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Post-impressionist prints: Paris in the 1890’s

by Ittmann, John W, 1998, Philadelphia, PA : Philadelphia Museum of Art

Whistler

by Duret, Théodore, 1917, London : G. Richards Ltd. ; Philadelphia : J. B. Lippincott Company

Masterpieces of Impressionism and Post-Impressionism: The Annenberg Collection

by  Bailey, Colin B; Rishel, Joseph J, 1989, New York : Philadelphia Museum of Art in association with Harry N. Abrams

 

Pierre Auguste Renoir

by Frost, Rosamund, 1944, New York : Pub. by the Hyperion Press : distributed by Duell, Sloan and Pearce

 

 

 

 

 

Feb 1–May 27, 2018

Louisiana Museum of Modern Art, Picasso Ceramics, Humlebaek

Feb 2–May 13, 2018

Guggenheim Bilbao, Henri Michaux: The Other Side, Bilbao

Feb 2–Jun 3, 2018

Haus der Kunst, Kiki Smith: Procession, Munich

Feb 1 - 4, 2018

artgenève 2018

PAD Genève Art + Design

Feb 2 - 5, 2018

Arte Fiera Bologna 2018

Feb 6 - 11, 2018

Art Rotterdam 2018

Feb 7 - 11, 2018

Qade Solo Project Rotterdam 2018

Rotterdam Contemporary 2018

ZONAMACO

Feb 8 - 11, 2018

Haute Photographie 2018

India Art Fair 2018

Material Art Fair, Vol. 5

Feb 15 - 19, 2018

Art Wynwood

Feb 16 - 18, 2018

Art Palm Springs 2018

Cape Town Art Fair 2018

Feb 20 - 25, 2018

JUSTMAD 2018

Feb 21 - 25, 2018

ARCOmadrid 2018

Art Madrid 2018

Feb 21 - 25, 2018

PHOTOFAIRS San Francisco 2018

Feb 23 - 25, 2018

1:54 Contemporary African Art Fair Marrakech 2018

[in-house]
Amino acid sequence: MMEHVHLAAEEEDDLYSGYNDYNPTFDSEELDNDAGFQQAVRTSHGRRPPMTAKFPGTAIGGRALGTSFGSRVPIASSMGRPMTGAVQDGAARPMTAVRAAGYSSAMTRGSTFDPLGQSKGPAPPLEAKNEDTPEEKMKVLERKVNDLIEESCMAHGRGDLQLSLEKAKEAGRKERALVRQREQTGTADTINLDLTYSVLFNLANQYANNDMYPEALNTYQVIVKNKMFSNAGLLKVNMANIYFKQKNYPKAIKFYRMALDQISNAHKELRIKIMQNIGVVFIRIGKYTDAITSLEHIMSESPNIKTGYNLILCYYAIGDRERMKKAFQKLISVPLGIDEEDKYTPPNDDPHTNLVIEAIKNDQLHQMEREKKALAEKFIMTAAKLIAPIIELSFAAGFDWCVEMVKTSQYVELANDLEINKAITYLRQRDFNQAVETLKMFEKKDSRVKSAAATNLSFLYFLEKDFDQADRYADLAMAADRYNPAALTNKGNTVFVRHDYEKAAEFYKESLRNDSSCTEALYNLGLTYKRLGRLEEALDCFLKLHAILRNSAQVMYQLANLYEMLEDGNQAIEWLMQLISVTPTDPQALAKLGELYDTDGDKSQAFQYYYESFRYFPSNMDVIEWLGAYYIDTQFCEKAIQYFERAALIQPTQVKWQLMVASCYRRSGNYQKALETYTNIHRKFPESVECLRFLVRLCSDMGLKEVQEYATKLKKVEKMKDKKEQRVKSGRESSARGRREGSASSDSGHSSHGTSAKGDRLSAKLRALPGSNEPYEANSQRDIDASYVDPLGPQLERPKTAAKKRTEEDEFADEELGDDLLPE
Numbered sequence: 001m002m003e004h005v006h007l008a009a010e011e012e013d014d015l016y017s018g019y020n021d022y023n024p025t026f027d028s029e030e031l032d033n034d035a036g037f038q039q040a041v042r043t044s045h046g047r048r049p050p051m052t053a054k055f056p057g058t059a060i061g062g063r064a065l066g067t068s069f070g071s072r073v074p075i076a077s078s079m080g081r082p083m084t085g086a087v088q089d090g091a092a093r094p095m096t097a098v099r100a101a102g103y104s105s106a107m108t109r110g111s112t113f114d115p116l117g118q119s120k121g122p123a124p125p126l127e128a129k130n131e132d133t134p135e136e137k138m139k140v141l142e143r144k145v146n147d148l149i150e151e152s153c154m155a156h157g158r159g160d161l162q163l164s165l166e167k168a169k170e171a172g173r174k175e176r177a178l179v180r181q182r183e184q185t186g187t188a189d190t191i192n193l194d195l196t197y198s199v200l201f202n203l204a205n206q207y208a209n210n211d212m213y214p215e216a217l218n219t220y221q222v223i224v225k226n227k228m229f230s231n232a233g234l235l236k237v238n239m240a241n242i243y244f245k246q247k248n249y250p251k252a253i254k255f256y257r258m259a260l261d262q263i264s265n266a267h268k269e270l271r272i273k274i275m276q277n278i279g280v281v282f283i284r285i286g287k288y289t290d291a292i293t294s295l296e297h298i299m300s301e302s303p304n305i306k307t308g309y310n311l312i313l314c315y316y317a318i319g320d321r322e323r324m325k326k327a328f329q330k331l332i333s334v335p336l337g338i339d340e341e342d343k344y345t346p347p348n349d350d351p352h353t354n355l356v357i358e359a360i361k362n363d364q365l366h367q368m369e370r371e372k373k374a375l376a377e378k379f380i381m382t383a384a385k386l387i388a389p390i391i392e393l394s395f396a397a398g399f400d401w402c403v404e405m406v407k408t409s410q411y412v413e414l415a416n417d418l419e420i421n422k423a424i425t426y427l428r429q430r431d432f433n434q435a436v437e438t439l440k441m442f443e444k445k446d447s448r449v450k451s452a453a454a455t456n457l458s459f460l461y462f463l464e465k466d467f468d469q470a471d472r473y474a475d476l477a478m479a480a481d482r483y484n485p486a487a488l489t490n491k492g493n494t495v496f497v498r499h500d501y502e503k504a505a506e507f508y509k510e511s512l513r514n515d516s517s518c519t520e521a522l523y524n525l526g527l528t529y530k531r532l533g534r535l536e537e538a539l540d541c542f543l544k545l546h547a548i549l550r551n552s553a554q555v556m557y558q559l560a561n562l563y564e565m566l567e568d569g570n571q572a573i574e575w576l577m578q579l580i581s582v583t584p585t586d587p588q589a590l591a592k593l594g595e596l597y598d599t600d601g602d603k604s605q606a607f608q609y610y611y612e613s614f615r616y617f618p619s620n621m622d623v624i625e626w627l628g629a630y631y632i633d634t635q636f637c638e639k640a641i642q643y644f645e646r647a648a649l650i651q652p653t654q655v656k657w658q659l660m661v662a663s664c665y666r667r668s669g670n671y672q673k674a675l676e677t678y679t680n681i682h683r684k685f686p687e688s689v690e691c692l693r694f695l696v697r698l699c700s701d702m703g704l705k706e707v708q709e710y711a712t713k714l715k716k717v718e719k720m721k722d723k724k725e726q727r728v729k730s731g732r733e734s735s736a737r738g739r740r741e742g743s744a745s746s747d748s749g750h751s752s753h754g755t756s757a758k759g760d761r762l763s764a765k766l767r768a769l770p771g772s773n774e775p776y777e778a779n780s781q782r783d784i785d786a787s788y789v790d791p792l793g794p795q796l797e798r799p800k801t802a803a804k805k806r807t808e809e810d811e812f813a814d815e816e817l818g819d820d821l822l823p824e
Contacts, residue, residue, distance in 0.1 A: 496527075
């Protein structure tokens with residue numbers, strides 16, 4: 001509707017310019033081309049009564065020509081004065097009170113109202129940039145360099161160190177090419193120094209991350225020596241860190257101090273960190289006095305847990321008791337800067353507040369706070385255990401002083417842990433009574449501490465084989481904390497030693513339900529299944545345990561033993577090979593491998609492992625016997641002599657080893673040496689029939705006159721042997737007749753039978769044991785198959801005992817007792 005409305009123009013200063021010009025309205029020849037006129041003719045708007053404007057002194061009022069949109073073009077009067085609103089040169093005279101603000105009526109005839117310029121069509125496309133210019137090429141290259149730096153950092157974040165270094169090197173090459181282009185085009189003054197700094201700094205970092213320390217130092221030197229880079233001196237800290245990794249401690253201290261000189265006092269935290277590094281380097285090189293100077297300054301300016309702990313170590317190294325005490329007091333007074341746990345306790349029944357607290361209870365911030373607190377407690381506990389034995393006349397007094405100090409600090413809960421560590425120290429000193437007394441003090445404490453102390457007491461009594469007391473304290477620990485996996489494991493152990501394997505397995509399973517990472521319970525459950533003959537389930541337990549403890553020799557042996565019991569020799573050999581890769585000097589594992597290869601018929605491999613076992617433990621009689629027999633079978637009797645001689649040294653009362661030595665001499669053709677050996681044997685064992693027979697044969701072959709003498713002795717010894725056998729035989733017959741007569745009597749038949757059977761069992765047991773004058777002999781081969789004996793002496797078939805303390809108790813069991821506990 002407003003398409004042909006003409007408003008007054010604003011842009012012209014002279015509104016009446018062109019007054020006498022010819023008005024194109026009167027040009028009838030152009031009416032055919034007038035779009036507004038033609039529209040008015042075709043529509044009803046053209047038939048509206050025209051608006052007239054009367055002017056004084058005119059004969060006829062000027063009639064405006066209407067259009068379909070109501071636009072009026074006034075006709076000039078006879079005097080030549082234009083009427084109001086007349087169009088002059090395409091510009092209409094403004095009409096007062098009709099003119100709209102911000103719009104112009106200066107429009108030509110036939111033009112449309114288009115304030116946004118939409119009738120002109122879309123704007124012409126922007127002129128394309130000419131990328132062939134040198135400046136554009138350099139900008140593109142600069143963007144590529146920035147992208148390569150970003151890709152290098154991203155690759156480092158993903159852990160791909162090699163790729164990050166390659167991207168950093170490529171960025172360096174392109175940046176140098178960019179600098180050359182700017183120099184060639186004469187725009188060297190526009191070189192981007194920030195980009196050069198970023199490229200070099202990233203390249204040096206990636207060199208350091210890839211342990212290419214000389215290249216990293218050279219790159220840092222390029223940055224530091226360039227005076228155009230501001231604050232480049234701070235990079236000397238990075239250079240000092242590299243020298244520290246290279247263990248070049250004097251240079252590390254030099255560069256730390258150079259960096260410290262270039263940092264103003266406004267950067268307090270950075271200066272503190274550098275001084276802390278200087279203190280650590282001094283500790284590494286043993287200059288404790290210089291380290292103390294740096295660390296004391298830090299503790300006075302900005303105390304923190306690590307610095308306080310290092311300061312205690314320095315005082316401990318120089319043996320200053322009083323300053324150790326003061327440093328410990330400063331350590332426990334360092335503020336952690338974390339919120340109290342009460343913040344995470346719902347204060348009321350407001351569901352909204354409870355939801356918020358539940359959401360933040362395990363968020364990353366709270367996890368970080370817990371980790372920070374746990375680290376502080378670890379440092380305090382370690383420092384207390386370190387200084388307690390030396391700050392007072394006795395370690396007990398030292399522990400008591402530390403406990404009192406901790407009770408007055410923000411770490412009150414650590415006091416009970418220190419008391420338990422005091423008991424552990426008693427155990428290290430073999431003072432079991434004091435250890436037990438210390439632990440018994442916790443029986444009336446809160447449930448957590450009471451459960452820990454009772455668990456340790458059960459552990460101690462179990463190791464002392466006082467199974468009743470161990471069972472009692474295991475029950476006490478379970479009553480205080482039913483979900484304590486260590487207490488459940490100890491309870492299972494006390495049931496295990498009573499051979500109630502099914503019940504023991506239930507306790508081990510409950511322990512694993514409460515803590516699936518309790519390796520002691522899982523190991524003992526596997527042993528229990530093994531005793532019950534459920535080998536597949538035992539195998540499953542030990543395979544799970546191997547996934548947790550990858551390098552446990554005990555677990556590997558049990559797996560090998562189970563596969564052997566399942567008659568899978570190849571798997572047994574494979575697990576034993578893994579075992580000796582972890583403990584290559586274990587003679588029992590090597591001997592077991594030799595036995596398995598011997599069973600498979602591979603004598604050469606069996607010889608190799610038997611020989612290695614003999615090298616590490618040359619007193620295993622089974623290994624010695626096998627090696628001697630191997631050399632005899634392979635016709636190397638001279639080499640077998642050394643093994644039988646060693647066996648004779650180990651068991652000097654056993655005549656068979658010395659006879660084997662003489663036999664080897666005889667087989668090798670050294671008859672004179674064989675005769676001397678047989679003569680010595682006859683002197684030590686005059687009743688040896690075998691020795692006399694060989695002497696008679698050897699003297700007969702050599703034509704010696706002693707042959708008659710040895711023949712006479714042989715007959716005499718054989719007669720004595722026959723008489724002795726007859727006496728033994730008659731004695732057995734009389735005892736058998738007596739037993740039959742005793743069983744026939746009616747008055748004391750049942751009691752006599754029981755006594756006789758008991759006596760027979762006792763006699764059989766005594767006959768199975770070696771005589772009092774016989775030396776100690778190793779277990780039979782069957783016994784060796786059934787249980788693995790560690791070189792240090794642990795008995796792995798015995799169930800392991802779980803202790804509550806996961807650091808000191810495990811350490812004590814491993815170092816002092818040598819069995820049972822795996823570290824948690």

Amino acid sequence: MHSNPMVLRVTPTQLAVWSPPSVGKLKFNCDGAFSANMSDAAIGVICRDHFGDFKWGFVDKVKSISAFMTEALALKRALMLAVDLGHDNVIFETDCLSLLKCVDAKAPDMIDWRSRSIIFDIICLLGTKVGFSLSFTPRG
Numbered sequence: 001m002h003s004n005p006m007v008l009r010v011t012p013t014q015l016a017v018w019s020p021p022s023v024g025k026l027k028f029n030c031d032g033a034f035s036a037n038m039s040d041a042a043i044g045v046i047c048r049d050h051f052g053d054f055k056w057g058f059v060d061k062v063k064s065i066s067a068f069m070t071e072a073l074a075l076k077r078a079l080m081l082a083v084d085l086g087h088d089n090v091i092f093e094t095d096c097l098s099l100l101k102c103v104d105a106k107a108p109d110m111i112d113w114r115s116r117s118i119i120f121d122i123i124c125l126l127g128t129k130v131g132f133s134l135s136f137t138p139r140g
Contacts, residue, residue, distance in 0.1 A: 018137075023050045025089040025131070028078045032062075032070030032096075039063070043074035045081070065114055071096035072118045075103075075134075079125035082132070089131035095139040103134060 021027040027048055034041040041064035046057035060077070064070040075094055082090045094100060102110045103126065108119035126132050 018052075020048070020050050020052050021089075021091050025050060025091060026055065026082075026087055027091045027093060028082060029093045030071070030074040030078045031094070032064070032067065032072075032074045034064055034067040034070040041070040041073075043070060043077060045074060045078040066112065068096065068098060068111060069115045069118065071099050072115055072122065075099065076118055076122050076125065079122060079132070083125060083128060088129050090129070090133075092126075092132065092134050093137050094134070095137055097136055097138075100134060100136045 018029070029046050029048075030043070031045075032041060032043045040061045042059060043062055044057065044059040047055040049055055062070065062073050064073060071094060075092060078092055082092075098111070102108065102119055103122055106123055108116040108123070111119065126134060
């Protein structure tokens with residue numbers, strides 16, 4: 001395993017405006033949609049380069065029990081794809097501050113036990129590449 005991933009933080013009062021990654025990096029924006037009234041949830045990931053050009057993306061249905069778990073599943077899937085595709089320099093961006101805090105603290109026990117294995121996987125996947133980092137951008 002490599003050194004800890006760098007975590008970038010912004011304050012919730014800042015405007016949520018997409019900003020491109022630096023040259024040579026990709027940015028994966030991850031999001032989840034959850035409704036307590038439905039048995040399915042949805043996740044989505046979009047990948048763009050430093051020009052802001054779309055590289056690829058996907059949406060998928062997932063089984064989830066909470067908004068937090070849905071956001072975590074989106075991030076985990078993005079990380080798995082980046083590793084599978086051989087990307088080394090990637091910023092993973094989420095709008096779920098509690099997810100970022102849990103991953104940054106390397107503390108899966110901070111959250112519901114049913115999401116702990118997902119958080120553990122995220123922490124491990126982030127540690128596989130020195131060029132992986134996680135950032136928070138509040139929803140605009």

Feb 24 - 25, 2018

The Art Show

Feb 27 - Mar 4, 2018

Moving Image

 

 

 

First Impressions

In the 1860s increasing numbers of artists, influenced by the Barbizon School, took their paints and canvases out into the French countyside. Painters including the Dutchman Jongkind and Boudin from Honfleur set up their easels on the popular beaches of Normandy. The slightest hint of a brushstroke and confluences of colours created atmospheric impressions. Boudin varied his beach scenes with distinct moods arising from the morning or evening sun. Above all, the ever -changings effects of light and colour on the water became a challenge that was eagerly met. Boudin’s student Monet titled an 1874 view of the harbour at Le Haver Impression, Sunrise. Henceforth, one critic began to mock the group of artists with whim Monet exhibited - and who , like Monet , were excluded from the Salon – as “impressionists.” While the painters who were part of the Salon judged a picture’s value by its motif, for the Impressionists , the picture’s colours and their relationship to each other were of supreme importance .The colour of objects can thus lose significance and fall victim to the general atmospheric impression. The application of colour in recognizable brushstroke shatters the outlines of objects, allowing them to melt into their surroundings, as if illuminated by a shimmering light. Shadows are no linger simpy darkness, but rather patches of blended colour.

 

Claude Monet , Impression, Soleil Levant, 1872, Oil on canvas , 48 × 63 cm, Musée Marmottan Monet

 

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